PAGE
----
NYC: This is a hard question to answer, as I didn’t join the festival until 2004, 2 years after it started in 2002. I’ll relay it best I can through second-hand information, however. Our departed founder Michael J. Hein and his friend Anthony Pepe had made a film called “Biohazardous”. After finishing it, they were submitting to festivals all over the country and were shocked to find that NYC didn’t have one. My understanding is that Michael said “Well…it does now!”. The “NYC Horror Film Festival” was born the next year. I can’t comment on the early days of the festival as I wasn’t there to experience it. Our most impactful change, however, is a rather long answer, as we’ve had a ton of that. Obviously, the most negative change was the loss of Michael in 2010. There’s really no way to recover from that 100%, but the Hein family recuperated and have brought the festival back in Michael’s honor. He was a great guy and we all miss him a shit-ton. We also recently lost another one of our NYCHFF family with the loss of Nixida Toro in August of 2015, as well as our venue with the closure of “Tribeca Cinemas”. We’re weathering it, though. That’s all you can really do with these sorts of things – band together and move on. We’ve tried to stay relatively the same over the past 13 years so as a result, most “change” tends to be losses. Sorry Jay! Didn’t mean to be a bummer, brother.
TAD: I can’t speak for what conceived the idea for the “Toronto After Dark Film Festival”. That story belongs to Adam Lopez. I’m hoping one day he writes an autobiography on everything we’ve experienced over the years, when we’re all old and grey. I began my interest in the festival back in 2006 when I worked for a division of Entertainment One who sponsored its inaugural year. I was a fan first and foremost. The festival simply spoke to me with the types of films programmed, so I went to see them. As for the most impactful change, I’d say it’s our venue. In ten years, the “Toronto After Dark Film Festival”, found a home every year at three different venues. Initially, Toronto’s historic Bloor Cinema – an independent single-screen rep theatre – hosted us. But it was our partnership with Canada’s exhibition chain, “Cineplex Entertainment”, that I really found impactful. Jumping from a single-screen theatre to a busy multi-screen venue run by a “corporation” was equally nerve-racking and welcoming. 2016 marks our fourth year with Cineplex and our relationship has been wonderful.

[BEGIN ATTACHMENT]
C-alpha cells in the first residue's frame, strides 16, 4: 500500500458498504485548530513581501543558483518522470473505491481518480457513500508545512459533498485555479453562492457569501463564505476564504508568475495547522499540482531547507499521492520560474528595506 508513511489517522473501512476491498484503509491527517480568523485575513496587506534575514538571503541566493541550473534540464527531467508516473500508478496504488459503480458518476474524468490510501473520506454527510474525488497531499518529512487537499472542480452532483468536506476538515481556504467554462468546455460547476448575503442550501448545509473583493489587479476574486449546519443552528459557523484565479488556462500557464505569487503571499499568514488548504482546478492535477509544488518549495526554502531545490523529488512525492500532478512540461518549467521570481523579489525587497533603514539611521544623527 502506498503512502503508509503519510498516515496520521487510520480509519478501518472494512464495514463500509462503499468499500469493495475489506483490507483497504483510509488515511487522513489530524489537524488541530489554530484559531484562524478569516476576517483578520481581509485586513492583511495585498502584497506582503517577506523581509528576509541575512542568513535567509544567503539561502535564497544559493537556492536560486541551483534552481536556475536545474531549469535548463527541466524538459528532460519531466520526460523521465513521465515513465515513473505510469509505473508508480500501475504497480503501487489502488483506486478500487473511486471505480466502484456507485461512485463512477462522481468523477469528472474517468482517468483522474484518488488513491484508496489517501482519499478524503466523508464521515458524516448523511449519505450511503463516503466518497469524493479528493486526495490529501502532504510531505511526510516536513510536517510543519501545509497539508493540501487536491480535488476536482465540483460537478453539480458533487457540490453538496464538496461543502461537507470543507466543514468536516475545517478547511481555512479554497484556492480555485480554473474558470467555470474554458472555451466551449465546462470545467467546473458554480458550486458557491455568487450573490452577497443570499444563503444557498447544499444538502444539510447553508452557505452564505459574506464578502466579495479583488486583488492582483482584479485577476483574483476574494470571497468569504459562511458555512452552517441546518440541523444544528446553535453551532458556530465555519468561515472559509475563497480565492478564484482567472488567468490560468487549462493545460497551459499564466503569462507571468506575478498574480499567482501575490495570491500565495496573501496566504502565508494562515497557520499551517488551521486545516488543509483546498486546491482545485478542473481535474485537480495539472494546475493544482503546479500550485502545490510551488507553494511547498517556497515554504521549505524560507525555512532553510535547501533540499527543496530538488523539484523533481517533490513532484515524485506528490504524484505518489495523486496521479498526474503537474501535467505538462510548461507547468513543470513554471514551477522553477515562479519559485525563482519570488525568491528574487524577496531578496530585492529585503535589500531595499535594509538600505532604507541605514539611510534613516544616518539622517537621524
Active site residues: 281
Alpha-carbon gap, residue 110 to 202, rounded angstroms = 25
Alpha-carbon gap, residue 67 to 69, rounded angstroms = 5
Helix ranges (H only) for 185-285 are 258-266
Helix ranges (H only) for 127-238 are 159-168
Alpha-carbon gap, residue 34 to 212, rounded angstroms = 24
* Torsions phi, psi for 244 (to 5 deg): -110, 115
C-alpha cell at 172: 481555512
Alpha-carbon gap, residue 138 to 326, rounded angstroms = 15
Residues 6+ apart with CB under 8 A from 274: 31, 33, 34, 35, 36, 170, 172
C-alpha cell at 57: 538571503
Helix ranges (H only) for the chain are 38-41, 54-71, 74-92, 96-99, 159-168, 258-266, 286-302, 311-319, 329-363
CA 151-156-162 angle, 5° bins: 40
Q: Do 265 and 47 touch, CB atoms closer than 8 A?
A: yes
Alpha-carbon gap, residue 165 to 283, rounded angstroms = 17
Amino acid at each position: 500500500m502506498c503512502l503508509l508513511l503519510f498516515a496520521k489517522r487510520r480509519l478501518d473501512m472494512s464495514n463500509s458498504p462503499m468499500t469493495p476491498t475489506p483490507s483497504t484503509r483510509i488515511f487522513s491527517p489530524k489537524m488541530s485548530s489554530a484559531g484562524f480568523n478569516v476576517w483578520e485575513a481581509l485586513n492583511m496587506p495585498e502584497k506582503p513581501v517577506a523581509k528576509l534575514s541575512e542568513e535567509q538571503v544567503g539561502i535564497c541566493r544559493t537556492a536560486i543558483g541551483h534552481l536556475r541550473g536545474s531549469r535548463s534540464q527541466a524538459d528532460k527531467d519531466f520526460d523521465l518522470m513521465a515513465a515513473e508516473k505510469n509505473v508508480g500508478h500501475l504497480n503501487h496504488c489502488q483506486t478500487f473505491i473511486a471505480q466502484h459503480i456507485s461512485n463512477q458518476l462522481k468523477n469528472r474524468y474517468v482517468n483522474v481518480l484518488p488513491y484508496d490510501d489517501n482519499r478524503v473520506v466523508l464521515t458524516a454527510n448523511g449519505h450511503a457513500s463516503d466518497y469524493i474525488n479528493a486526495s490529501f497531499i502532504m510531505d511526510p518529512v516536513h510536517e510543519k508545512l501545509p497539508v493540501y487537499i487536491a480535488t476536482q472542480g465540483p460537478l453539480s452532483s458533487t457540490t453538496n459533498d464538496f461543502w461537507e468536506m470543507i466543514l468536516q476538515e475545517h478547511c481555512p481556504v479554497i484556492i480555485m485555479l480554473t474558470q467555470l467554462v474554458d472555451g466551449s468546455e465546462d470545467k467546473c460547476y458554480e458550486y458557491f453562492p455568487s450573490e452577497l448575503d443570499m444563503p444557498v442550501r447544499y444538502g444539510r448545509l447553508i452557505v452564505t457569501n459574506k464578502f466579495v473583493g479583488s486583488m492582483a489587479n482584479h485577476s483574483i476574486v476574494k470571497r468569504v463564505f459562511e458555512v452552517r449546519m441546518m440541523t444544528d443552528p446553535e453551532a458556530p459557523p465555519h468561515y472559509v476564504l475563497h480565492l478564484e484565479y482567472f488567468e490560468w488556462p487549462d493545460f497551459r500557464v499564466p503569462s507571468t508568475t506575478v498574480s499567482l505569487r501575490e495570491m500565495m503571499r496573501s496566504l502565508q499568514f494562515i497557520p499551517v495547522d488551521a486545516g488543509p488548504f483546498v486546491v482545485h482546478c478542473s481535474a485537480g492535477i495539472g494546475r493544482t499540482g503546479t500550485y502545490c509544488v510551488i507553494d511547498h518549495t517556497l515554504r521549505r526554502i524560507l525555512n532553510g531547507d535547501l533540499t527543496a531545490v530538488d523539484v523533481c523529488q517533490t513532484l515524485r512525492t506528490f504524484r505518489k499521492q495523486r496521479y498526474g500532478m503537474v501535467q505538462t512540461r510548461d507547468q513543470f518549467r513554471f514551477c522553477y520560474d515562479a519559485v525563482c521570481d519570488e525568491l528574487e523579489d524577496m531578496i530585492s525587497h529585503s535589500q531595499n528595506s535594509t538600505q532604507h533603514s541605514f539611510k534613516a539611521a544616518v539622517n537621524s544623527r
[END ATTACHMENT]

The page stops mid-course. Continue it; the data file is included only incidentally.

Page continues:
What does it take to not only host and run a successful film festival but to have staying power?
BUFF: I’d say it takes an intense love of cinema, a willingness not to get paid and a high tolerance for being jerked around.
IF: The way we see it at IF, is to not confuse our audience by changing what makes the festival successful, but at the same time trying to implement new axes to make the festival as attractive as possible with new trends. In our opinion, we live in a world where audience needs to be surprised every year. Slight implementation of new activities (Concerts, art exhibitions) makes the festival a destination that our audience wants to be part of.